The Explanation
(for those who require one)

And, of course, that is what all of this is -- all of this: the one song, ever changing, ever reincarnated, that speaks somehow from and to and for that which is ineffable within us and without us, that is both prayer and deliverance, folly and wisdom, that inspires us to dance or smile or simply to go on, senselessly, incomprehensibly, beatifically, in the face of mortality and the truth that our lives are more ill-writ, ill-rhymed and fleeting than any song, except perhaps those songs -- that song, endlesly reincarnated -- born of that truth, be it the moon and June of that truth, or the wordless blue moan, or the rotgut or the elegant poetry of it. That nameless black-hulled ship of Ulysses, that long black train, that Terraplane, that mystery train, that Rocket '88', that Buick 6 -- same journey, same miracle, same end and endlessness."
-- Nick Tosches, Where Dead Voices Gather

The City: Miami #6

Original Caption:

Miami -- Spain's Marquis de Portago concentrates on the engine of his sleek Ferrari as mechanics Giannino Parravicini and Enzo Monari, both of Italy, make final repairs following a recent overhaul. Portago registered the fastest clocked time during warm ups for the Nassau road race, with 2:20 on the 3 1/2 mile runway course at Windsor Airfield. (1954)


Vanwall said...

A not really gifted driver, merely somewhat talented, who spent his whole life trying to kill himself in spectacular ways, and went thru a helluva lot of cars on his way to oblivion - he had a reputation as a ladies man who couldn't hold his johnson in his pants or hold the road well enough either. He was almost always pushing his race cars well past their mechanical limits, and in those days of skinny tires, drum brakes, and no seat belts, it was easy to overheat a tire or burn out brakes by cornering too fast, and then try to muscle one's way out of one's folly.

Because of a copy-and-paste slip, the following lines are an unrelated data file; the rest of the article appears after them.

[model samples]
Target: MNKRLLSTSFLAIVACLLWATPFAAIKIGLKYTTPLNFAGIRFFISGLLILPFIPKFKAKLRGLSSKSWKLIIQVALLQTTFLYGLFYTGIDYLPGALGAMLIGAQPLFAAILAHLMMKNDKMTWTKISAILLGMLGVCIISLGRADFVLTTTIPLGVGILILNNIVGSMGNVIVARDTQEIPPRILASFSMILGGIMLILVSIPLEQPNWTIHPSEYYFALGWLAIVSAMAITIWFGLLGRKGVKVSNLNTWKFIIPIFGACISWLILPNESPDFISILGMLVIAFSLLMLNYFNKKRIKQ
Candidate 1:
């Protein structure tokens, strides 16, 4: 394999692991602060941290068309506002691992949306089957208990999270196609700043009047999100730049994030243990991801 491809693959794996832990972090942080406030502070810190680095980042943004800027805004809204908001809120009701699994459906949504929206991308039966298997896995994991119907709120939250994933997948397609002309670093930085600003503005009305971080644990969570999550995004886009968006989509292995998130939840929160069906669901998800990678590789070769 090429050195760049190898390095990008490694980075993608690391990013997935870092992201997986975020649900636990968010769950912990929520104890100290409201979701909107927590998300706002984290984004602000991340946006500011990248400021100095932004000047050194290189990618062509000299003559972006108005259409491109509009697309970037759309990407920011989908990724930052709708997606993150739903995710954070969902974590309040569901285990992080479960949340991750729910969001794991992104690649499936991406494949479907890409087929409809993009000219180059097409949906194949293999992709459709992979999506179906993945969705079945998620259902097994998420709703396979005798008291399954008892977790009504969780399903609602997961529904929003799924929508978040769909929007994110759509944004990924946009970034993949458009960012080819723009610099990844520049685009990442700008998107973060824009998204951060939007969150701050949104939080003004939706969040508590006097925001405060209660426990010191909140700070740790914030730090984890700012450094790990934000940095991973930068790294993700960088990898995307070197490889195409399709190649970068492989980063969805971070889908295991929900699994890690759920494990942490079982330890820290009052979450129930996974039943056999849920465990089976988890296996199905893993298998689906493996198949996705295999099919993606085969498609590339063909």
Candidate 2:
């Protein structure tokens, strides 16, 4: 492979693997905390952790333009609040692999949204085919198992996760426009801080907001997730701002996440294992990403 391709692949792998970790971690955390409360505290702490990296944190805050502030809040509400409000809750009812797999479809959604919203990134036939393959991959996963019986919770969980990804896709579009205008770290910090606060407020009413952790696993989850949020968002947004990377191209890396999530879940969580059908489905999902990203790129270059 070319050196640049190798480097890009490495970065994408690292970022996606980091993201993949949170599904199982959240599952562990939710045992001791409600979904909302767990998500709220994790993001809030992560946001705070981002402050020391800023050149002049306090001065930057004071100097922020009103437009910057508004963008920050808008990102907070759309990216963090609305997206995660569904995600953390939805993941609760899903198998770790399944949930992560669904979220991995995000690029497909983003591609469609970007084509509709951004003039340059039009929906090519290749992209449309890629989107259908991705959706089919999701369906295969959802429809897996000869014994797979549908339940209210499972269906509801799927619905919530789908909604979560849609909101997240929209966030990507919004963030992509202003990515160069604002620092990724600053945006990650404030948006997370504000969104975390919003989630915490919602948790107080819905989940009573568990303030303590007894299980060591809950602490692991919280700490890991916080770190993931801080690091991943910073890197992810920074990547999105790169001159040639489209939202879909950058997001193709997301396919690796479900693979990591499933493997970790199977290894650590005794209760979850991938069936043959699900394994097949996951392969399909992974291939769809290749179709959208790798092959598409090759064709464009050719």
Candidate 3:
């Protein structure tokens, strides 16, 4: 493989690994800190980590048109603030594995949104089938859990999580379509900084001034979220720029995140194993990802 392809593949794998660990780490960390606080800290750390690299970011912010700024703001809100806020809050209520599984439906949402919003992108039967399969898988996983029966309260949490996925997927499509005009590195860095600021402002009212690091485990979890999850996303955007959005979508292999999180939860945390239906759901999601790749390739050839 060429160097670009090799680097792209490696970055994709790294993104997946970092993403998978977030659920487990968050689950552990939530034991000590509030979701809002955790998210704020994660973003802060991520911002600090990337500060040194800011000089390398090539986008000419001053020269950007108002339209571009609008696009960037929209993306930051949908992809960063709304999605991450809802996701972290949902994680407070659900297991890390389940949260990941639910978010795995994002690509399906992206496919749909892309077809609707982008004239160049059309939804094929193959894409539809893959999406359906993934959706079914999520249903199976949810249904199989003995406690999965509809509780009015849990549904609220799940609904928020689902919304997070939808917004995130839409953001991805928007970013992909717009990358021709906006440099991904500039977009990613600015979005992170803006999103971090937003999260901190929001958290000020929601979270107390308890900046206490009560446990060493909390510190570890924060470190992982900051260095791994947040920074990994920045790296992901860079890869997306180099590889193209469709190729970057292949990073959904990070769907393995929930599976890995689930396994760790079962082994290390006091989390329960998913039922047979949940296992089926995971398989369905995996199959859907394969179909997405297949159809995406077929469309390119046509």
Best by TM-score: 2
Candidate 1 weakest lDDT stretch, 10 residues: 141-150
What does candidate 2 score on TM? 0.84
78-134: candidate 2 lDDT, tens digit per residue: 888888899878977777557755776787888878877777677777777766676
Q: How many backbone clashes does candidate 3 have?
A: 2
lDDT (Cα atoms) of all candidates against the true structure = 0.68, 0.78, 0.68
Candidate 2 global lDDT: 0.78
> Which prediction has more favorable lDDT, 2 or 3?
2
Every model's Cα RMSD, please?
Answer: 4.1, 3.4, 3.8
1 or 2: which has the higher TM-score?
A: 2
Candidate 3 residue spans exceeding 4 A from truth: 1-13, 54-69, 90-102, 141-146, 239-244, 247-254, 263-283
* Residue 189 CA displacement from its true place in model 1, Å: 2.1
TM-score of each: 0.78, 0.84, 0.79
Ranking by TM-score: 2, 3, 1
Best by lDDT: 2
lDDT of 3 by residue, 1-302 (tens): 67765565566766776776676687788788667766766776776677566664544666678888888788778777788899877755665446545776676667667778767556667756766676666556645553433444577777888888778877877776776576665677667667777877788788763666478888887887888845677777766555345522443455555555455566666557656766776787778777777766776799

After walking with Death a few times in other, less fatal endeavors, for the 1957 Mille Miglia he chose to race the Ferrari 335 S, a true beast of a not very carefully engineered car that under the best of circumstances required either a gifted pilote, or a slightly crazy one, and altho he manhandled it almost around to Brescia, he blew one of the always questionable Englebert tires that Enzo insisted upon using, and finally killed himself along with his poor co-driver, Edmund Nelson, and nine or ten other unfortunates, among them five children - and not incidentally, the Mille Miglia itself. They never had another one.

Phil Hill, a contemporary of de Portago's, always pointed out fatal crashes by "Here so-and-so killed himself", meaning they had made the choice to race as close as possible to 10/10ths, knowing the risks. De Portago prolly couldn't resist the addiction of what fellow Ferrari driver Mike Hawthorn described as something very close to sexual climax - but also I think he couldn't resist the lure of meeting Death in a more final manner.

Bob Probst said...

did the math: 3.5 miles in 2:20 = 90 MPH

Vanwall said...

With a lotta curves thrown in, that's not a bad average.

Mr DeBakey said...

I'm thinking,
while our reporter might be in Miami,
that vehicle, crew & Marquis were in the Bahamas when the photows snapped.